A Panel Discussion Featuring:
Chris Lindland, CEO, Betabrand
Laura Swapp, Director, Public Affairs & Next-Gen Marketing, REI
Darren Josey, North American Marketing Manager, Polartec
Georgina Miranda, Founder, Altitude Seven
Toni Carey, Brand Director, Outdoor Industries Women’s Coalition
When: Thursday, August 4, 11 a.m.–12 p.m.
Where: Salons A-C, Downtown Marriott City Creek, Salt Lake City
On Thursday, August 4, 2016, at the Summer Outdoor Retailer Trade Show in Salt Lake City, SHIFT and The Avarna Group will present a panel discussion that explores the ways progressive outdoor industry companies are diversifying the representation of their users in their catalogues, social media and other marketing platforms.
Moderated by Christian Beckwith, Director of SHIFT, in conjunction with Aparna Rajagopal-Durbin, co-founder of The Avarna Group, the panel discussion will occur from 11:00 AM to 12:00 PM at the Downtown Marriott City Creek in Salons A-C. It is free and open to the public.
The panel will feature progressive marketing directors and millennial CEOs, and explore how authentic representations of millennials in the outdoors creates value for brands’ bottom lines while simultaneously developing a new constituency of stewards for the protection of our natural resources.
The discussion is part of SHIFT’s continued effort to develop a resilient constituency of responsible recreationists who are committed to protecting the places in which we play.
“The archetype of the rugged Northern European individualist journeying into the wild, experiencing a transcendent adventure, and returning to civilization impassioned, invigorated and transformed is the origin myth of the outdoor industry,” says Beckwith. “It’s also the Achilles heel of its future growth.”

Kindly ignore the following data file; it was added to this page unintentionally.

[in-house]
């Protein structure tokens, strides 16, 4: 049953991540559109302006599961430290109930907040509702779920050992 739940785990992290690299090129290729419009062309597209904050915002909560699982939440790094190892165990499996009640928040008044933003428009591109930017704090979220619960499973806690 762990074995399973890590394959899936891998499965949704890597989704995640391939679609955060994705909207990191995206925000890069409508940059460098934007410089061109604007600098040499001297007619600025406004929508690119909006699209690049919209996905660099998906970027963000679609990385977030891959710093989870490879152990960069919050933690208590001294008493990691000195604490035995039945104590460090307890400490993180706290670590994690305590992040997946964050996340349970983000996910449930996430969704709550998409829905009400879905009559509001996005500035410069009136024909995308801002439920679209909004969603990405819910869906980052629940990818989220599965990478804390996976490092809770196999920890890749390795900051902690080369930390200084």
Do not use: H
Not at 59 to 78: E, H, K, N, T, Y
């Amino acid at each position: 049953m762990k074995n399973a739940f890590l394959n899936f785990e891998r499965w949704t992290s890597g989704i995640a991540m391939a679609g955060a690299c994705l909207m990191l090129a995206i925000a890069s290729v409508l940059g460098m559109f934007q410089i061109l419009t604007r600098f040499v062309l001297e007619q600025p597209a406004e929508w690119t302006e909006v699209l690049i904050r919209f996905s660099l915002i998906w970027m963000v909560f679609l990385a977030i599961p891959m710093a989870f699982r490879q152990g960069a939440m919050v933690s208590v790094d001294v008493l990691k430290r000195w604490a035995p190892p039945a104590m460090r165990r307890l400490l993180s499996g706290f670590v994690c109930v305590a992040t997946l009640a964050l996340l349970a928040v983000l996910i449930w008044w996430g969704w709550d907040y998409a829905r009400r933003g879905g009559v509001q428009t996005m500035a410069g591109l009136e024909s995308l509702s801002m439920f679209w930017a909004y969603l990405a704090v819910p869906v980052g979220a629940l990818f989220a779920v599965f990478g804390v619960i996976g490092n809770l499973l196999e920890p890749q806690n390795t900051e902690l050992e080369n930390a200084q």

“America is increasingly a minority majority country. The Northern European ideal is no longer the reality for a population that lives predominantly in urban areas. Why do brands continue to promote it when the customers of tomorrow look so different from the Caucasian models in their catalogues?”
SHIFT leverages outdoor recreation for conservation gains. Active engagement with the outdoors has produced some of the country’s strongest and most inspiring conservation leaders. Today, with the constituencies of conservation aging, outdoor recreation offers a remarkable opportunity to reinvigorate our economy, public health and the protection of our public lands—but only if the next generation of stewards is able to engage with them in the first place.
A constituency of stewards committed to the wellbeing of our public lands and waters begins with getting them outside. Young, urban people of color who don’t see themselves in the media representations of the industry are less incentivized to climb/paddle/ski/hike/hunt/fish/camp. If they don’t go outside, they’ll never continue outdoor recreation’s conservation legacy.
A catalogue mentality continues to influence the outdoor industry. The single image that must work as hard as possible to sell as much as possible requires A-List photographers to capture it, who in turn provide stunning photos of beautiful models in extraordinary settings. These models are predominantly Caucasian—an accurate reflection of the industry’s customer base.
Problematically, the cultural landscape is increasingly diverse. In order to be relevant to millennials, the representation of users by outdoor companies must mirror the customer base they seek to cultivate. Among many of the established brands of the outdoor industry today, this is not happening.
Companies founded and run by millennials approach branding and marketing with a web mentality, not a catalogue mentality. The result—crowdsourced, user-generated images that develop customer engagement via dynamic, socially relevant media—offers authenticity, emotional engagement and cultural relevancy—keys to the customer bases of tomorrow.
Successful outdoor industry start-ups will succeed in part because they capture those new customers. This panel discussion will explore how both start-up and established companies are doing so—and what the rest of the industry can learn from those examples.